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Toyota Auris goes straight to the point


Taking over from where your predecessor left off isn't the easiest thing in the world to do, especially if he or she has built up a solid reputation many found hard to fault… take our new Public Protector for example.

In pretty much the same vein, the Toyota Auris faced an uphill battle when it replaced the RunX as the brand’s compact family hatch some ten years ago.

Despite being based on the same underpinnings as the E150 generation Corolla, as well as being bigger and offering more grunt than the RunX, the Auris, its name being derived from the Latin word aurum meaning gold, somehow never got close to matching its forbearer's popularity, with the introduction of an extensive facelift in 2010 seemingly doing little.

Now into its second generation and following a mid-life refreshment last year, the Auris had the chance to show why it deserves to follow in the wheel tracks of the RunX when a rather striking Metallic Blue 1.6 Xi recently arrived for a few days.

The bane of many a motoring scribe has been the touchy subject of Toyota’s often conservative styling language, with little in the way of flair or interesting touches compared to some of its rivals. As part of the facelift, the Auris received a redesigned front end with a downwards flowing bonnet meeting a much thinner grille embossed with a chrome Toyota badge, new headlights, a slightly revised front bumper and clear lens rear taillight clusters.

Being the second tier model in the Auris range above the entry-level 1.3 X, the Xi also receives extensive colour coding on the door handles, bumpers and mirrors, a boot spoiler, sporty 16-inch alloy wheels and indicators integrated into the mirrors.

While hardly a design classic, the somewhat disapproving drop snout appearance is a world away from the previous model's bland facade, although it still has some way to go to match the flamboyance of the new Renault Mégane or the understated class of the Volkswagen Golf.

Step inside, the Xi’s interior resonates more on the functional side with easy to make out switches and good quality plastics used on the dash. However, although the piano key black finish on the waterfall dash and on the door handles lends a sporty finish, the use of faux carbon inserts on the passenger side could have been substituted with more durable plastics.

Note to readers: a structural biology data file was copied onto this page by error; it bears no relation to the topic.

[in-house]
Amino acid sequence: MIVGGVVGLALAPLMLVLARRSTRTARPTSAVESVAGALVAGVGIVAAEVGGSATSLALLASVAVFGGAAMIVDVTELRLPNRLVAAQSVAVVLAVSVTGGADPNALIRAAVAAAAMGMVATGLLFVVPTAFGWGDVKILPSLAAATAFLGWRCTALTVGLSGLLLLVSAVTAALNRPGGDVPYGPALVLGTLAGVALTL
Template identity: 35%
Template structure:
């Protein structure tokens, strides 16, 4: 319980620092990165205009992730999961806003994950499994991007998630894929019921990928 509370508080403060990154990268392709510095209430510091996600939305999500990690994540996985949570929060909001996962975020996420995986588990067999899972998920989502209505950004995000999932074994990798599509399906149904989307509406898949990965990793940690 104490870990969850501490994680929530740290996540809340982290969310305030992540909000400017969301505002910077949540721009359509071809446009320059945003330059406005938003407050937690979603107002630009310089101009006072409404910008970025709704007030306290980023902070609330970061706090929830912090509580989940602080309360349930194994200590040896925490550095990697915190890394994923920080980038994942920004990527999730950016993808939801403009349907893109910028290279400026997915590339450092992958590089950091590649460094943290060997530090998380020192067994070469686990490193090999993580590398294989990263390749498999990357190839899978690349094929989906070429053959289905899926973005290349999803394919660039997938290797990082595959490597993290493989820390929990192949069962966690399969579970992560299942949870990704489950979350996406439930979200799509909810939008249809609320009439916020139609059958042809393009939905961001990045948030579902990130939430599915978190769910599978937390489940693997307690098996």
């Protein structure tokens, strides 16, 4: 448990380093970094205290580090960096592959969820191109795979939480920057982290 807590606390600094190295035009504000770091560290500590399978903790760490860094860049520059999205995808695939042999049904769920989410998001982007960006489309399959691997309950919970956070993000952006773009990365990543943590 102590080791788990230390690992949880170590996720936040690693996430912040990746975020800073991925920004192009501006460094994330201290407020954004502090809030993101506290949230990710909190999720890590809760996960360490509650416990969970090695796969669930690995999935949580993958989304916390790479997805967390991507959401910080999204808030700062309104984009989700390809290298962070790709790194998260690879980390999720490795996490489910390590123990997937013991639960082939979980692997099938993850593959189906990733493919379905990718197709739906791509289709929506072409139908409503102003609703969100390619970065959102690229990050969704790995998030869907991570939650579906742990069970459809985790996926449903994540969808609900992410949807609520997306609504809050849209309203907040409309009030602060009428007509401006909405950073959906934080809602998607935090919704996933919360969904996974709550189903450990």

Although some buyers adverse to the trend of touchscreen infotainment displays would appreciate the Xi’s touch button setup with a rather cool looking blue backlighting hue, they are likely to be less than impressed with space in the rear.

Popping the driver’s seat into my preferred position, very little in the way of legroom remained to accommodate my 1.84 m frame in comfort despite acceptable levels of head room. No complaints were however attributed to space in the front with boot space also being commendable at 360-litres.

In addition, the storing of valuables is taken care of by means of a cubby underneath the HVAC controls, deep door pockets with a bottle holder each, a compartment between the front seats which doubles up as an armrest, and two cupholders on the centre console.

Expected to be the volume seller in the Auris range, standard spec is somewhat on the spartan side compared to rivals from Honda or Opel, but nonetheless includes a four-speaker sound system with Bluetooth, Aux and USB, leather wrapped steering wheel with volume controls, electric windows all around, height adjustable steering wheel, electric mirrors, auto lock / unlock doors, six airbags and ABS with EBD.

In spite of the subtle upgrades having benefitted the Auris aesthetically, where it really should have made a bigger impact is underneath the bonnet. Instead of the 1.2-litre turbocharged engine used in Europe, the Xi uses Toyota’s stalwart normally aspirated 1.6 developing 97 kW and 160 N.m of torque.

It  might sound strong on paper compared to the Ford Focus 1.0-litre EcoBoost’s 92 kW and the Mazda3 1.6’s 77 kW, but, at altitude at least, it simply feels underpowered and has to be revved to maintain forward momentum. This means constant shifting of the six-speed manual box which, despite featuring a slick action, is hampered by a much too high clutch bite point, resulting in the Auris being easy to stall on pull away or at the lights.

As part of the refresh, Toyota have also fettled with the Auris' suspension and mapping of the electric power steering for enhanced levels of feedback. The end result is a comfortable and well dampened ride with good levels of feedback through the wheel.

Confining very much to the usual Toyota mantra of "doing exactly what it says on the tin", the Auris 1.6 Xi makes for a competent and honest package devoid of any unnecessary fireworks. While our reservations on the lack of power remains, it is unlikely to face the greater percentage of buyers who value simplicity over the complexity of small displacement turbo engines.



MAX POWER 97 kW @6400 rpm
MAX TORQUE 160 N.m @4400 rpm
DRIVE LAYOUT Front engine; Front-wheel drive
TRANSMISSION Six-speed manual
ACCELERATION (0-100 km/h) 10.0 secs
TOP SPEED 200 km/h
EMISSIONS 145 g/km
PRICE R297 300


Article written by Charl Bosch
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